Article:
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Luke McShane

Internet trouble

Internet trouble
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It was as baffling to me as quantum entanglement. Every time the Algerian player on the Zoom call shared his screen, my own screen share would stop working. That we were playing in separate matches was beside the point — this was online chess under something like exam conditions, and the software glitch left me briefly in breach of the rules. For 20 years, I have treated online chess as a delightful form of escapism, where wine is welcome, clothes are optional, and my queen can be freely sacrificed in the pursuit of glory. So it was a strange experience, representing England in the Online Olympiad last month. Suddenly there were cameras and protocols and responsibility. All this feels normal in the tournament hall, but not when seated in front of my laptop.

Closing that laptop lid before a competitive over-the-board game often becomes a significant moment, like closing the textbook before an exam. Studying a prospective opponent is a necessarily neurotic activity, to which the closed lid says, ‘Enough — let’s see what fate has in store!’ Such familiar routines don’t work when the laptop itself is the battleground. Little wonder, perhaps, that a recent study from the IZA (Institute of Labor Economics) found that chess players produced measurably inferior moves in an equivalent online setting. The authors speculated that workers performing cognitive tasks at home (in lockdown) may see similar adverse effects. I hope that, in time, we will find new rituals of readiness for the online world.

The Online Olympiad (whose climax, sadly marred by an internet outage, I wrote about last week) had another novel twist. In each match, teams had to field two ‘open’ boards (usually men), two women, an ‘open’ U20 and a girl U20. Although we qualified comfortably in the initial group, we faced tougher opposition in the next group stage, which included Russia (who went on to win gold) and Armenia. The high point of England’s campaign came in round 7 of 9, when we beat Armenia 3.5-2.5, and qualification into the knockout stage became a real possibility. Armenia’s grandmaster Haik Martirosyan beat Matthew Wadsworth on the U20 board. But the match tipped in our favour when Akshaya Kalaiyalahan fended off a fierce attack from Anna Sargsyan on the girls U20 board, and Jovanka Houska outplayed Armenia’s top female player in the game shown below. Heartbreak came in the next round, when a promising match against Romania turned into a loss, and our chances were all but gone.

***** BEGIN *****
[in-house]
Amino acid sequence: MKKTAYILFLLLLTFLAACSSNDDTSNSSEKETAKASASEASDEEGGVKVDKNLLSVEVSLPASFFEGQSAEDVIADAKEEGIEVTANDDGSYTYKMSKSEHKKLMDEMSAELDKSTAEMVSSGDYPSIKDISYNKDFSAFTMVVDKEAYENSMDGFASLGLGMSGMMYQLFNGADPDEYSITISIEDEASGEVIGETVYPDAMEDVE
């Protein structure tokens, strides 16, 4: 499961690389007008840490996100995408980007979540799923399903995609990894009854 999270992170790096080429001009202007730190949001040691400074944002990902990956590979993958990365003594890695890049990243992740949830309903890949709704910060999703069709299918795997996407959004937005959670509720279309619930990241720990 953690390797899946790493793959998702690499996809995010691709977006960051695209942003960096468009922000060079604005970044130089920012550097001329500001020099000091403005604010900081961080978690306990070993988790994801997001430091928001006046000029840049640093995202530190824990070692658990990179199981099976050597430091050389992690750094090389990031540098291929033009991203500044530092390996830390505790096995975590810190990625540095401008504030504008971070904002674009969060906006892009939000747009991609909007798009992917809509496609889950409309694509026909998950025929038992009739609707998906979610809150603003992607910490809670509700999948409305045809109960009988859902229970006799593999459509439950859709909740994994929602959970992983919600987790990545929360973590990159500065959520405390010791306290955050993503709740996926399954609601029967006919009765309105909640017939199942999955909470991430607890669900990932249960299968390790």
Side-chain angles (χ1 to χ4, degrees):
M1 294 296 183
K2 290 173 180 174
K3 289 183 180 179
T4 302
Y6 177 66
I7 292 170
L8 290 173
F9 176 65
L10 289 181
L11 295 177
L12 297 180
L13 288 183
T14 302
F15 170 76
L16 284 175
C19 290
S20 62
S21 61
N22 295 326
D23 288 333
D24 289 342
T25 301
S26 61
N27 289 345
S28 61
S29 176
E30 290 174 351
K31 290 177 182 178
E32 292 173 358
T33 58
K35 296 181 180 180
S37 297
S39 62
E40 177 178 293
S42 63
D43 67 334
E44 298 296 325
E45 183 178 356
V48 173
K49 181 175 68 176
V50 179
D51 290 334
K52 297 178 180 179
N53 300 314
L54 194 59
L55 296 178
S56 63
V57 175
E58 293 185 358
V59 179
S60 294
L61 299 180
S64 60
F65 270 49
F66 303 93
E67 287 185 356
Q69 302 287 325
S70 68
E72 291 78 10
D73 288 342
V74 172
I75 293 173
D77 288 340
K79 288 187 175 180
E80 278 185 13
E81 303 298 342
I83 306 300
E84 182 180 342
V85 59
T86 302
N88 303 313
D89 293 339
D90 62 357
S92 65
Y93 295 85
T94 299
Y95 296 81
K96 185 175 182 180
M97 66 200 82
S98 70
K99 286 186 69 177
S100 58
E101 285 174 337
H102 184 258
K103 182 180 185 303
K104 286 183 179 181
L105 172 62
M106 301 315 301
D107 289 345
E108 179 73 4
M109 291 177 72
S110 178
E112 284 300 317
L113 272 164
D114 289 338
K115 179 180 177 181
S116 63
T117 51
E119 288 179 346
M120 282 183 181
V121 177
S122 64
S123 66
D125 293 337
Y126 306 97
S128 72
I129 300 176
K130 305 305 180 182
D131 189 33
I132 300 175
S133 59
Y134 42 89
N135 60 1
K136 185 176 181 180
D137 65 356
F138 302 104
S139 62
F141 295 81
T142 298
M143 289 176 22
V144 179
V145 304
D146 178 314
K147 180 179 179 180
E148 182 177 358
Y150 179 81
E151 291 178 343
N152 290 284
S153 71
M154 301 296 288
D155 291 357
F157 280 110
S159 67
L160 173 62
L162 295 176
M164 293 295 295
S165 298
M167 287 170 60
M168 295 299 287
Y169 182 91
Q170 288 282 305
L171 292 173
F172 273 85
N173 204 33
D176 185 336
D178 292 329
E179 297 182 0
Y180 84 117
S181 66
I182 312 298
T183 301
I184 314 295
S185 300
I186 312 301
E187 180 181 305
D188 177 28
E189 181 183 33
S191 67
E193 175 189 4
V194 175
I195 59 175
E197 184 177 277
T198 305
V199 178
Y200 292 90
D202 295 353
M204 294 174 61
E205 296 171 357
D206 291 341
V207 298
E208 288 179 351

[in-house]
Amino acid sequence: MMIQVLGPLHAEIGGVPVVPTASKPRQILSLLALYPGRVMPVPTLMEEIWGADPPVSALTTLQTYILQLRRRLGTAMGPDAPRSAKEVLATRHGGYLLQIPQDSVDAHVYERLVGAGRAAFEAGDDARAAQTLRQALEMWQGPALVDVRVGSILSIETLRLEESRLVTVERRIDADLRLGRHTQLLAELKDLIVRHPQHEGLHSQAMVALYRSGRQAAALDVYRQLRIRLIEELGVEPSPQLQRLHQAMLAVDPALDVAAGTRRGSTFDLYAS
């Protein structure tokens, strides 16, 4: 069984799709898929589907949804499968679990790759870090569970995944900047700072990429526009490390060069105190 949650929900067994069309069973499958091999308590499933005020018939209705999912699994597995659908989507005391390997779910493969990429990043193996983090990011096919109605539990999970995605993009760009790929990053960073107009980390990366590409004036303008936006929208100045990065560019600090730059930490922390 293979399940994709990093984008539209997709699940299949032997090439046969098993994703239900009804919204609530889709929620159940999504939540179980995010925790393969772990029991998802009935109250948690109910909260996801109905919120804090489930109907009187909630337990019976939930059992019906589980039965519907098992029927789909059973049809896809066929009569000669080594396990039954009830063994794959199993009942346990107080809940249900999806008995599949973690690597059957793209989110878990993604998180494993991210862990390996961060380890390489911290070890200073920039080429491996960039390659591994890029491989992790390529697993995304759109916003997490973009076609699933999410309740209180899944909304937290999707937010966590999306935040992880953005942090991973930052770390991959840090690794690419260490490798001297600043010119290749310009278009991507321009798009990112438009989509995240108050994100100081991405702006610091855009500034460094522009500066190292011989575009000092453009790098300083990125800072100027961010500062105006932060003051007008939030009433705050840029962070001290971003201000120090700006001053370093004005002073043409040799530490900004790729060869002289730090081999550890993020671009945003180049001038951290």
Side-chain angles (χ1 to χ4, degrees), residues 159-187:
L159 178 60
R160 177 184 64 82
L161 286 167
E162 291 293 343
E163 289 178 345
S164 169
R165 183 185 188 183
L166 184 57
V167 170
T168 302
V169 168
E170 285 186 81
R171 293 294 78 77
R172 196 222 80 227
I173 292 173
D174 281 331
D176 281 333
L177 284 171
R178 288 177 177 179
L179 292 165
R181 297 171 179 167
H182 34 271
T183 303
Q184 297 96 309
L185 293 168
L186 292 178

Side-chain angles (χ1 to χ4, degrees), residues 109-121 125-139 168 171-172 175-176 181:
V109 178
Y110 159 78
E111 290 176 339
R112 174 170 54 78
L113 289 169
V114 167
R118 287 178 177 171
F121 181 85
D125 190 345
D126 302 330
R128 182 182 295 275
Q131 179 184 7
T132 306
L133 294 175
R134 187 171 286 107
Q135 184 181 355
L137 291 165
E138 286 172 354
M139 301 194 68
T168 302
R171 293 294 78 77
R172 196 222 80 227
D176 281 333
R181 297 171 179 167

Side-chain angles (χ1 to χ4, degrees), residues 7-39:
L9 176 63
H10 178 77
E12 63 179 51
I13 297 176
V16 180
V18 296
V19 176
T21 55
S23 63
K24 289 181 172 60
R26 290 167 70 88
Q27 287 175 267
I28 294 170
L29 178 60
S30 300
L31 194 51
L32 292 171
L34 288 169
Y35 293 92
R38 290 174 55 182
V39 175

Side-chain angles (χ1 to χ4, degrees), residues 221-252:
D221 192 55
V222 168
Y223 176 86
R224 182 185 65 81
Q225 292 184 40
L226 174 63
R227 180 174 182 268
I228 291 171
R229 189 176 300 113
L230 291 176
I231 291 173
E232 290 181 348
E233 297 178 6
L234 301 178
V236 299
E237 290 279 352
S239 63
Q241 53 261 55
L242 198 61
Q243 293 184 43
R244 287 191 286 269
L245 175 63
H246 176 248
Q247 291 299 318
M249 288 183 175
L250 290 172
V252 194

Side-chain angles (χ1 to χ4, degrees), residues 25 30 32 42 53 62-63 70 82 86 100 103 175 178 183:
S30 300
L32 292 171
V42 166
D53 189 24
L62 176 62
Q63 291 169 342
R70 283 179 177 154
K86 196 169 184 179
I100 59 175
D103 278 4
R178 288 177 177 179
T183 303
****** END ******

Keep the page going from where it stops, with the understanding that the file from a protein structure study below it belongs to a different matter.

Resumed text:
Danielian’s 17 f3 creates a strong central pawn front, at the cost of a weakened kingside. Houska skilfully restrains the pawns, and the moves 23…Bh4, 24…Bd5 and 25…a4 cohere around a long-term plan. The bishops on c4 and g3 help to glue White’s position together, and exchanging them creates targets for the pair of rooks that enter along the a-file. Once that happens, White’s king is in desperate trouble.

Elina Danielian–Jovanka Houska

Fide Online Olympiad, August 2020

1 d4 d5 2 c4 e6 3 Nc3 Nf6 4 Nf3 Be7 5 Bf4 O-O 6 e3 Nbd7 7 c5 Ne4 8 Nxe4 dxe4 9 Ne5 Nxe5 10 Bxe5 Bf6 11 Bg3 Re8 12 Bc4 Bd7 13 Qc2 Bc6 14 O-O a5 15 Rad1 Qd7 16 b3 g6 17 f3 exf3 18 gxf3 b6 19 Be2 Red8 20 Rc1 b5 21 Rcd1 Qe7 22 Qc3 b4 23 Qb2 Bh4 24 Bc4 Bd5 25 Rc1 a4 (see diagram) 26 Qf2 Bxg3 27 Qxg3 axb3 28 axb3 Ra3 29 Rf2 Bxc4 30 Rxc4 Rxb3 31 Qf4 Ra8 32 Kg2 Rb1 33 e4 Raa1 34 Kh3 Kg7 35 c6 f6 36 Rc5 h5 37 e5 f5 38 Rg2 Rg1 39 Rb5 g5 40 Qe3 g4+ 41 fxg4 hxg4+ 42 Kg3 Rgf1 43 Rf2 Rg1+ 44 Rg2 Ra3 45 Qxa3 Rxg2+ 46 Kxg2 bxa3 47 Ra5 Qb4 48 Ra7 Qb2+ 49 Kg3 a2 White resigns